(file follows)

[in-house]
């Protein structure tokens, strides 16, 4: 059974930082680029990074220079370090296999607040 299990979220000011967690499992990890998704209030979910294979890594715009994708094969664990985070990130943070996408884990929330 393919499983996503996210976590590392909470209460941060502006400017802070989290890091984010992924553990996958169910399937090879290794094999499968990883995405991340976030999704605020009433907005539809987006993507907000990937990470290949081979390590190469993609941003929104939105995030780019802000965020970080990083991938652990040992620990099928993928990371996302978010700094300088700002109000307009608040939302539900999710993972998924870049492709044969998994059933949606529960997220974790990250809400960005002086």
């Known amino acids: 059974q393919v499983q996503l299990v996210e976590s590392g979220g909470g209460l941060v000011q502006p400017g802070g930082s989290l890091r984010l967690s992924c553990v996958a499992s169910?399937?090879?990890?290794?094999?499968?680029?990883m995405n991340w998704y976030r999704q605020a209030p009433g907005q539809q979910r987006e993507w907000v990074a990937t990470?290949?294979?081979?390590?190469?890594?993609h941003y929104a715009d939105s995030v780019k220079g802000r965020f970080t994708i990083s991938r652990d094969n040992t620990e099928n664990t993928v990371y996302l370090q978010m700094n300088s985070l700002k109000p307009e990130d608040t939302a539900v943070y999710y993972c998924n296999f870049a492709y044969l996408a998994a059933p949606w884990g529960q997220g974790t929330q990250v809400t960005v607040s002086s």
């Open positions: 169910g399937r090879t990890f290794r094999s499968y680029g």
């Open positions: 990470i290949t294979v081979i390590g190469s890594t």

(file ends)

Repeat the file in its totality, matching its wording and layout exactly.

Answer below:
[in-house]
């Protein structure tokens, strides 16, 4: 059974930082680029990074220079370090296999607040 299990979220000011967690499992990890998704209030979910294979890594715009994708094969664990985070990130943070996408884990929330 393919499983996503996210976590590392909470209460941060502006400017802070989290890091984010992924553990996958169910399937090879290794094999499968990883995405991340976030999704605020009433907005539809987006993507907000990937990470290949081979390590190469993609941003929104939105995030780019802000965020970080990083991938652990040992620990099928993928990371996302978010700094300088700002109000307009608040939302539900999710993972998924870049492709044969998994059933949606529960997220974790990250809400960005002086």
């Known amino acids: 059974q393919v499983q996503l299990v996210e976590s590392g979220g909470g209460l941060v000011q502006p400017g802070g930082s989290l890091r984010l967690s992924c553990v996958a499992s169910?399937?090879?990890?290794?094999?499968?680029?990883m995405n991340w998704y976030r999704q605020a209030p009433g907005q539809q979910r987006e993507w907000v990074a990937t990470?290949?294979?081979?390590?190469?890594?993609h941003y929104a715009d939105s995030v780019k220079g802000r965020f970080t994708i990083s991938r652990d094969n040992t620990e099928n664990t993928v990371y996302l370090q978010m700094n300088s985070l700002k109000p307009e990130d608040t939302a539900v943070y999710y993972c998924n296999f870049a492709y044969l996408a998994a059933p949606w884990g529960q997220g974790t929330q990250v809400t960005v607040s002086s």
């Open positions: 169910g399937r090879t990890f290794r094999s499968y680029g």
């Open positions: 990470i290949t294979v081979i390590g190469s890594t």